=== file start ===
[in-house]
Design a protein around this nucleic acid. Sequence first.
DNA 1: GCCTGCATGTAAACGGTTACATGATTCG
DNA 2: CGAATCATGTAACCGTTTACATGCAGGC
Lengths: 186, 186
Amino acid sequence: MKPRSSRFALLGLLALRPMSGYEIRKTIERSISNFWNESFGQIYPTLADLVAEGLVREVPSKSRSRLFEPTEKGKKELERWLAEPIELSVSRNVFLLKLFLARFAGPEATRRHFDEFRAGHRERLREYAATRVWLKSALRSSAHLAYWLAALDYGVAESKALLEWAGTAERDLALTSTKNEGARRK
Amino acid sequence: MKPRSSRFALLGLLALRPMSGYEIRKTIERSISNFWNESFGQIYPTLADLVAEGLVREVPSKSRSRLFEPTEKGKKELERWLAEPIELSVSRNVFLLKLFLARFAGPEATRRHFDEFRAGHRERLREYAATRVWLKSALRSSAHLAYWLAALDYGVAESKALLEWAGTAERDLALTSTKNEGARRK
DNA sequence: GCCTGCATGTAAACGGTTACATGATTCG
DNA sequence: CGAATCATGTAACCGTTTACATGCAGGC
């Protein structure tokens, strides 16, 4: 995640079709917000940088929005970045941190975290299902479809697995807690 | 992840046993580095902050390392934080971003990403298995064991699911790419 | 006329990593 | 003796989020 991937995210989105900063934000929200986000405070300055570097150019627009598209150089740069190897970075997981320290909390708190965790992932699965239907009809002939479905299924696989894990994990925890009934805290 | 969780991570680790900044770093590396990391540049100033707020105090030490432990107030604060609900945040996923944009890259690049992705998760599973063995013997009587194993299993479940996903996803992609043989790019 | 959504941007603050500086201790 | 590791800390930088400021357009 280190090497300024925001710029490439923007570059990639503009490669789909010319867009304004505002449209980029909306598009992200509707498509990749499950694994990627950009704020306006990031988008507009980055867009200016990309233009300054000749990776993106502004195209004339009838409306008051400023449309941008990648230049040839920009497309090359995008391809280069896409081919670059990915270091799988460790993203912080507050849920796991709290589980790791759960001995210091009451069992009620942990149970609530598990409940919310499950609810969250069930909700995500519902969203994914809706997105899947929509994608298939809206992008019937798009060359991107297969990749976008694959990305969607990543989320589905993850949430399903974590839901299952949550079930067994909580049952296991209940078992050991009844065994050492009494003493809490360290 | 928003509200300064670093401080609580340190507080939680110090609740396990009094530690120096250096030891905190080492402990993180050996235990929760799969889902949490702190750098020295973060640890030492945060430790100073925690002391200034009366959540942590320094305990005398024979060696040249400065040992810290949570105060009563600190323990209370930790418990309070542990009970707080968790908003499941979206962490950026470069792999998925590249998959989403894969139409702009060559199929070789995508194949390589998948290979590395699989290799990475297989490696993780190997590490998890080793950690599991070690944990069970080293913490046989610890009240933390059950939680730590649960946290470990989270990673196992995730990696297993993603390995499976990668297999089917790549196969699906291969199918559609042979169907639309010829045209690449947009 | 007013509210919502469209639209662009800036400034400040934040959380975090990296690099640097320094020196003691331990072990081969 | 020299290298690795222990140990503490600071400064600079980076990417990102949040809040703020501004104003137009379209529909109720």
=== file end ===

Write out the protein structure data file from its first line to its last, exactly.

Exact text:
[in-house]
Design a protein around this nucleic acid. Sequence first.
DNA 1: GCCTGCATGTAAACGGTTACATGATTCG
DNA 2: CGAATCATGTAACCGTTTACATGCAGGC
Lengths: 186, 186
Amino acid sequence: MKPRSSRFALLGLLALRPMSGYEIRKTIERSISNFWNESFGQIYPTLADLVAEGLVREVPSKSRSRLFEPTEKGKKELERWLAEPIELSVSRNVFLLKLFLARFAGPEATRRHFDEFRAGHRERLREYAATRVWLKSALRSSAHLAYWLAALDYGVAESKALLEWAGTAERDLALTSTKNEGARRK
Amino acid sequence: MKPRSSRFALLGLLALRPMSGYEIRKTIERSISNFWNESFGQIYPTLADLVAEGLVREVPSKSRSRLFEPTEKGKKELERWLAEPIELSVSRNVFLLKLFLARFAGPEATRRHFDEFRAGHRERLREYAATRVWLKSALRSSAHLAYWLAALDYGVAESKALLEWAGTAERDLALTSTKNEGARRK
DNA sequence: GCCTGCATGTAAACGGTTACATGATTCG
DNA sequence: CGAATCATGTAACCGTTTACATGCAGGC
């Protein structure tokens, strides 16, 4: 995640079709917000940088929005970045941190975290299902479809697995807690 | 992840046993580095902050390392934080971003990403298995064991699911790419 | 006329990593 | 003796989020 991937995210989105900063934000929200986000405070300055570097150019627009598209150089740069190897970075997981320290909390708190965790992932699965239907009809002939479905299924696989894990994990925890009934805290 | 969780991570680790900044770093590396990391540049100033707020105090030490432990107030604060609900945040996923944009890259690049992705998760599973063995013997009587194993299993479940996903996803992609043989790019 | 959504941007603050500086201790 | 590791800390930088400021357009 280190090497300024925001710029490439923007570059990639503009490669789909010319867009304004505002449209980029909306598009992200509707498509990749499950694994990627950009704020306006990031988008507009980055867009200016990309233009300054000749990776993106502004195209004339009838409306008051400023449309941008990648230049040839920009497309090359995008391809280069896409081919670059990915270091799988460790993203912080507050849920796991709290589980790791759960001995210091009451069992009620942990149970609530598990409940919310499950609810969250069930909700995500519902969203994914809706997105899947929509994608298939809206992008019937798009060359991107297969990749976008694959990305969607990543989320589905993850949430399903974590839901299952949550079930067994909580049952296991209940078992050991009844065994050492009494003493809490360290 | 928003509200300064670093401080609580340190507080939680110090609740396990009094530690120096250096030891905190080492402990993180050996235990929760799969889902949490702190750098020295973060640890030492945060430790100073925690002391200034009366959540942590320094305990005398024979060696040249400065040992810290949570105060009563600190323990209370930790418990309070542990009970707080968790908003499941979206962490950026470069792999998925590249998959989403894969139409702009060559199929070789995508194949390589998948290979590395699989290799990475297989490696993780190997590490998890080793950690599991070690944990069970080293913490046989610890009240933390059950939680730590649960946290470990989270990673196992995730990696297993993603390995499976990668297999089917790549196969699906291969199918559609042979169907639309010829045209690449947009 | 007013509210919502469209639209662009800036400034400040934040959380975090990296690099640097320094020196003691331990072990081969 | 020299290298690795222990140990503490600071400064600079980076990417990102949040809040703020501004104003137009379209529909109720």